25 Most Incredible Storms Of This Century

Posted by , Updated on November 8, 2022

So far, around 500 typhoons and hurricanes have already ruffled the world just during this century. People fear these natural calamities because they do not only destroy properties but also take away lives. The most violent storms ever recorded in history have caused massive devastation in different countries around the world and have also led to the death of millions of people. Here is a list of the 25 most incredible storms of this century.


New England, 1938


Hurricane New England made landfall on Long Island and extended up to the Connecticut River Valley. Winds brought by this storm reached 186 mph, while heavy rains brought massive flooding that killed around 600 people.


Mitch, 1998


Considered one of the deadliest hurricanes of the century, the torrential rains of Hurricane Mitch caused massive flooding that killed over 20,000 people in Nicaragua and Honduras and left thousands of families homeless.


Miami, 1926


This powerful hurricane brought 132 mph winds to Miami, putting the island of the famous Miami Beach underwater. Hundreds of people drowned and billions of dollars worth of properties were damaged.


Key Largo, 1935


Hurricane Key Largo, also known as the violent “Labor Day Storm,” was one of the most violent hurricanes to ever make landfall in the United States. It swept across the middle part of Florida with winds as fast as 200 mph and killed nearly 400 people. Most of those who survived the storm were washed over islands but were able to survive by clinging to palm trees.


Katrina, 2005


Considered the most destructive and deadliest tropical cyclone in 2005, Hurricane Katrina was also the costliest natural disaster ever recorded in the history of the United States. It killed almost 2000 people due to subsequent floods and brought property damage amounting to $80 billion.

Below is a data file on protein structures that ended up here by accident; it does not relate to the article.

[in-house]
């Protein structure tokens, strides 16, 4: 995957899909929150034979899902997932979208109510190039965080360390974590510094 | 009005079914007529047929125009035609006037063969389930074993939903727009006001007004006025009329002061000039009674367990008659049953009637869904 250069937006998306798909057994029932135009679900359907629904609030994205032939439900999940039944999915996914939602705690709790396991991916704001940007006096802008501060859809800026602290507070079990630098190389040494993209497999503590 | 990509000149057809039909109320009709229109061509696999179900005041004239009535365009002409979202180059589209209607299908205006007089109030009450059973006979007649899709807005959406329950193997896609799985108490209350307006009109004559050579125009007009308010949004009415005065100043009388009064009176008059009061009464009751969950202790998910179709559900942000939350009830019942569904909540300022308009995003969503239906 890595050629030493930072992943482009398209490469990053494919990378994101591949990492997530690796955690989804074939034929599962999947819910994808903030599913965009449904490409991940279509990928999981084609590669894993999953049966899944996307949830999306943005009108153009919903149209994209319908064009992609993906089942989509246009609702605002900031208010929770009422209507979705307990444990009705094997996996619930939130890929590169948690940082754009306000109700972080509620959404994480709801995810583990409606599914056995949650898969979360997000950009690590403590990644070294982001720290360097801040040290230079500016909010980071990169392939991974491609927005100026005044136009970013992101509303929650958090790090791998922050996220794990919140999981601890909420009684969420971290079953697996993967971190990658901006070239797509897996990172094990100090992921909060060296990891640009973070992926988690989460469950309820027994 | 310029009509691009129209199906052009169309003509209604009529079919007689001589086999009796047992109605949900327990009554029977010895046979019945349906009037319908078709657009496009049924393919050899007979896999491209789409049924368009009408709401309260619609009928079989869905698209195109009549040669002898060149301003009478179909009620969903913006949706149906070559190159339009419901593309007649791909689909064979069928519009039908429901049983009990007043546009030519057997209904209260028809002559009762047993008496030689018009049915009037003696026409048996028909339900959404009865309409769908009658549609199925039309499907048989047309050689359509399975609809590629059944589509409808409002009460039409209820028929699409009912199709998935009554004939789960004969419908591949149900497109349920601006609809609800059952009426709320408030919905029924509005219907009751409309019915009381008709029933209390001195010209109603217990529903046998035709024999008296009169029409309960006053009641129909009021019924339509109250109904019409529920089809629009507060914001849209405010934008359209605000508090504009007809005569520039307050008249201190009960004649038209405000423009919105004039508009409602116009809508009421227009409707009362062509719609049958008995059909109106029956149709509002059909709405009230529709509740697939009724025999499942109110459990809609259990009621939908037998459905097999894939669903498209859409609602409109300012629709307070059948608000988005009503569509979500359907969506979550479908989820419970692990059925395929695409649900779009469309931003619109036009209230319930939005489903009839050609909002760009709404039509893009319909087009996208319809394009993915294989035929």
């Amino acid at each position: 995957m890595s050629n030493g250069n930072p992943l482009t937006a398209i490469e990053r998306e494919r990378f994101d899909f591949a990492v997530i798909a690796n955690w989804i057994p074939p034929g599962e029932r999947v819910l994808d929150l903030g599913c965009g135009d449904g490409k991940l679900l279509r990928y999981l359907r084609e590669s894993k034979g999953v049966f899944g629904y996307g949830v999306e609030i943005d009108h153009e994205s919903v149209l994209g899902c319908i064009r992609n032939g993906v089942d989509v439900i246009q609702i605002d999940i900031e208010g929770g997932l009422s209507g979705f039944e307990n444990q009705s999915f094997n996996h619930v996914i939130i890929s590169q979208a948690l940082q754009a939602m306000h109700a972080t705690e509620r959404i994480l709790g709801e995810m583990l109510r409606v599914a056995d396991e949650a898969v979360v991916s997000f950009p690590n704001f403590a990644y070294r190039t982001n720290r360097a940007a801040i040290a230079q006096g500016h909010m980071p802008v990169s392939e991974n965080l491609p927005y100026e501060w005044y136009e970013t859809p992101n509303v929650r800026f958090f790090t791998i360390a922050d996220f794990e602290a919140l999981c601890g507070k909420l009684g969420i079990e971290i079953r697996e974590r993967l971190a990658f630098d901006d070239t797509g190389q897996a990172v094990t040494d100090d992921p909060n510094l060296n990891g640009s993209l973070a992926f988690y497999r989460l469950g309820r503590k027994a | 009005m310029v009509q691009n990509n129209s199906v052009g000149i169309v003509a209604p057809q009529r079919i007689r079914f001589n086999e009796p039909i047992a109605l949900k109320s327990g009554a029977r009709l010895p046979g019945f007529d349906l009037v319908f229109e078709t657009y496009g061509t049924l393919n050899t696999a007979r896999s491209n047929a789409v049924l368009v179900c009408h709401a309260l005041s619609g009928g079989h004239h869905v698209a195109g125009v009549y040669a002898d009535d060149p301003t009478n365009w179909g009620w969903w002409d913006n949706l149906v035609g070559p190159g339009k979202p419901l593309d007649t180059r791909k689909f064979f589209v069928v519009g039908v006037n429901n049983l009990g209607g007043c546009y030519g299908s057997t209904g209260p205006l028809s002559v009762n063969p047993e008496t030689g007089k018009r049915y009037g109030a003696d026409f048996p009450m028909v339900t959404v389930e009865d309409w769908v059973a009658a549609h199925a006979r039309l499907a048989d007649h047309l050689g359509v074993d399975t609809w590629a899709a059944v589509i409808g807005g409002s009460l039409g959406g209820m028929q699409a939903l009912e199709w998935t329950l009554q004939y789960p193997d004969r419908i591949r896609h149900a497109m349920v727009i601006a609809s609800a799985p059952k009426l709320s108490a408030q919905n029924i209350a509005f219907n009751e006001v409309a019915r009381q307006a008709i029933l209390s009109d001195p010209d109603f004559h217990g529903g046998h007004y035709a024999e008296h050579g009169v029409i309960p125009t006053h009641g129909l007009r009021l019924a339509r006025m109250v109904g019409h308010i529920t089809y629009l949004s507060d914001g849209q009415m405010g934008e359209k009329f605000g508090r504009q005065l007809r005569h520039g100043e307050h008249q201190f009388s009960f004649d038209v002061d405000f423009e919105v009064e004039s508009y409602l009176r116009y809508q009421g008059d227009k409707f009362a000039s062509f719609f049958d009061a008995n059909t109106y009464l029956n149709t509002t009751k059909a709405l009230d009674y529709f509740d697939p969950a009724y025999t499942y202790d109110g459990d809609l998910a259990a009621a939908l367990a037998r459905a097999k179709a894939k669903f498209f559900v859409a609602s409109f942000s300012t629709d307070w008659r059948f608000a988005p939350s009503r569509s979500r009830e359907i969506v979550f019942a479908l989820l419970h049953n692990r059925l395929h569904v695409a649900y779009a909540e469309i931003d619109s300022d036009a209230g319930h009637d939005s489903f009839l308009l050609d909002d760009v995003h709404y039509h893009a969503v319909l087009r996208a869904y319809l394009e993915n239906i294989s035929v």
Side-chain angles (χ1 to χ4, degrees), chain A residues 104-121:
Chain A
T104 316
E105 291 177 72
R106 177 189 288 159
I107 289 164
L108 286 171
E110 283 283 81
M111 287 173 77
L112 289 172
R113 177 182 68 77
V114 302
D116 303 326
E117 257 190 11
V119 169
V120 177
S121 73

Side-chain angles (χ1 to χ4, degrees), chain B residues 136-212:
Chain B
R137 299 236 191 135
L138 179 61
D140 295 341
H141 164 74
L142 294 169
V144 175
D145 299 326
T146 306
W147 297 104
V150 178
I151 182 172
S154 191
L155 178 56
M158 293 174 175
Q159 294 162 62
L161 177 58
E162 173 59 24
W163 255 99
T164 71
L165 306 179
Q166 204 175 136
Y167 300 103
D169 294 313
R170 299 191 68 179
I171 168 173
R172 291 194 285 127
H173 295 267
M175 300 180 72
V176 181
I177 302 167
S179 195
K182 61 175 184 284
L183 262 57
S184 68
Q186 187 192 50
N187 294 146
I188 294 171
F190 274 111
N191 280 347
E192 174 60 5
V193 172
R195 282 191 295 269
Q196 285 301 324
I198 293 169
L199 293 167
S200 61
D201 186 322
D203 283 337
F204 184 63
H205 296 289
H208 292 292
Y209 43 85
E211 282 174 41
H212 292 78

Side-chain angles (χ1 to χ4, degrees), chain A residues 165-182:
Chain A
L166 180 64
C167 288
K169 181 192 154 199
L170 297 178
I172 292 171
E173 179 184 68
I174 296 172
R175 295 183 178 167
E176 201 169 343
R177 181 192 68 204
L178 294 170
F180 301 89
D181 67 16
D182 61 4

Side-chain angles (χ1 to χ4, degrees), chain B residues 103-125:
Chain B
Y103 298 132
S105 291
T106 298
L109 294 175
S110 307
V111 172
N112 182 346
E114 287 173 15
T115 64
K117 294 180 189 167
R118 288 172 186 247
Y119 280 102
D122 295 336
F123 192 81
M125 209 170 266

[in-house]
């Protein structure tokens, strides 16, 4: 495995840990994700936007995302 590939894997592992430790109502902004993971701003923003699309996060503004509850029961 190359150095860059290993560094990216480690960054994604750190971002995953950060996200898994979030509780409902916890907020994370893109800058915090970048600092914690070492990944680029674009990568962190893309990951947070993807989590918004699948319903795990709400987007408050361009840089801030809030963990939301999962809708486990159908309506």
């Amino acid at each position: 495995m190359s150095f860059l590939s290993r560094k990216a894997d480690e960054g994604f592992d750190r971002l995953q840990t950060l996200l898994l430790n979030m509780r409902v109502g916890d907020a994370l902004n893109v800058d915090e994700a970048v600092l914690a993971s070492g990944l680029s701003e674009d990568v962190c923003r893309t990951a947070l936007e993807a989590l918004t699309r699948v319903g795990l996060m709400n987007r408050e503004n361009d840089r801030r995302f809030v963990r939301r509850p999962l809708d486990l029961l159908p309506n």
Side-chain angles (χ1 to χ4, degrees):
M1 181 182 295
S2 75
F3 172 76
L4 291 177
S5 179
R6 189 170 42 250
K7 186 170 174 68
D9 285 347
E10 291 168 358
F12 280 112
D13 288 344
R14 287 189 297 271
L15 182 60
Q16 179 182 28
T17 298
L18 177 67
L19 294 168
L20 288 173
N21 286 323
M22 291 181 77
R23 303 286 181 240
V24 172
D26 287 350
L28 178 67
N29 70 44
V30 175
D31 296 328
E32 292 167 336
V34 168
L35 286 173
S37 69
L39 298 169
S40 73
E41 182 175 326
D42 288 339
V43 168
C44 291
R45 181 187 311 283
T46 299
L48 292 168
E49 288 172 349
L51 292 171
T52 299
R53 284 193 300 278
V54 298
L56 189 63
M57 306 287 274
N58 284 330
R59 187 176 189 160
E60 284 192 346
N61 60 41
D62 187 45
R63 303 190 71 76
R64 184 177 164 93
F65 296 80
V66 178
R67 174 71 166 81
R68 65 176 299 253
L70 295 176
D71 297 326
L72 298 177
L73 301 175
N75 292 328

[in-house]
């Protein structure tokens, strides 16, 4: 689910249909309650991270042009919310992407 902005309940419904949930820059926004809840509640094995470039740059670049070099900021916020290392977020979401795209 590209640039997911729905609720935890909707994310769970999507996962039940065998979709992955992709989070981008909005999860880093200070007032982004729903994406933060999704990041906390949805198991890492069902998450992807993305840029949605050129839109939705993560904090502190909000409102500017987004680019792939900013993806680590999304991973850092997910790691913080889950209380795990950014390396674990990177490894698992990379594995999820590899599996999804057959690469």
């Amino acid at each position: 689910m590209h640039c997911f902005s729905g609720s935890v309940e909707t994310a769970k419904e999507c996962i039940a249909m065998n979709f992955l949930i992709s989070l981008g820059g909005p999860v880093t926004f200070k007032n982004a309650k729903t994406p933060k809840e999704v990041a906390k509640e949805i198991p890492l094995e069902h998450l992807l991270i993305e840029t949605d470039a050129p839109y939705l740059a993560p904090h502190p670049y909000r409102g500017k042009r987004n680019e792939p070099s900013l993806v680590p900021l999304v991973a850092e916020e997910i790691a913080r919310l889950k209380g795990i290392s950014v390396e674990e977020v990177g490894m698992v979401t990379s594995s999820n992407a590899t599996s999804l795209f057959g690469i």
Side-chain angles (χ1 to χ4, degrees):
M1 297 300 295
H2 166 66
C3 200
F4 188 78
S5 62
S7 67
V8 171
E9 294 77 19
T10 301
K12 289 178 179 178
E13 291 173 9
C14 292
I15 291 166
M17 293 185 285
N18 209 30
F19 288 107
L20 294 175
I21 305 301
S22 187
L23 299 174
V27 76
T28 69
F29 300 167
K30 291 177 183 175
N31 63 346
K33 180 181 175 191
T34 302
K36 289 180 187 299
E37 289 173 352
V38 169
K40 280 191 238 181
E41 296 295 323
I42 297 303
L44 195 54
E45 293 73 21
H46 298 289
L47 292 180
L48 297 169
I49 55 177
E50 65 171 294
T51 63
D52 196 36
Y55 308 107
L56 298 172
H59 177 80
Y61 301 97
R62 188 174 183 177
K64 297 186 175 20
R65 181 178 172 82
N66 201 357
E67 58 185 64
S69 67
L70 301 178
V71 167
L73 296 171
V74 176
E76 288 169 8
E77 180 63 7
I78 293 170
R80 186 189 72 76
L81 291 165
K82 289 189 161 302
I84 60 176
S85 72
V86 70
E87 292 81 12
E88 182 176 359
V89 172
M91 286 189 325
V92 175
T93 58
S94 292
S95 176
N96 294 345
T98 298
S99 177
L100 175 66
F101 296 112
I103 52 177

Ivan, 2004


This large and long-lived hurricane brought massive destruction in the United States and the Caribbean. It was the fourth major hurricane of the 2004 Atlantic hurricane season, reaching Category 5 strength on the Saffir-Simpson Hurricane Scale. This powerful cyclone also spawned 119 tornadoes across the eastern part of the United States.


Isabel, 2003


Known as the deadliest and costliest hurricane during the 2003 Atlantic hurricane season, Hurricane Isabel developed near the Cape Verde Islands in the form of a tropical wave. After moving northwestward with warm waters it intensified with peak winds of 165 mph.


Hugo, 1989


This powerful hurricane hit the Virgin Islands as well as the north coast of Puerto Rico in 1989 before it caused widespread damage and loss of life in Charleston, South Carolina.




Considered the strongest storm to have ever hit the East Coast of Florida, Hurricane Hazel wallowed in the Caribbean for a period of one week and moved northwards, sweeping across Haiti and the US Eastern Seaboard. It brought flooding all the way up into Canada.


Greta-Olivia, 1978


A two-ocean hurricane, Hurricane Greta was among the six Atlantic hurricanes that hit Central America in 1978. The seventh named storm during the season, this hurricane started as a tropical wave at the northwestern part of Trinidad and gradually intensified as it moved northwest. It was renamed Hurricane Olivia when it entered the Pacific and struck Mexico.


Gloria, 1985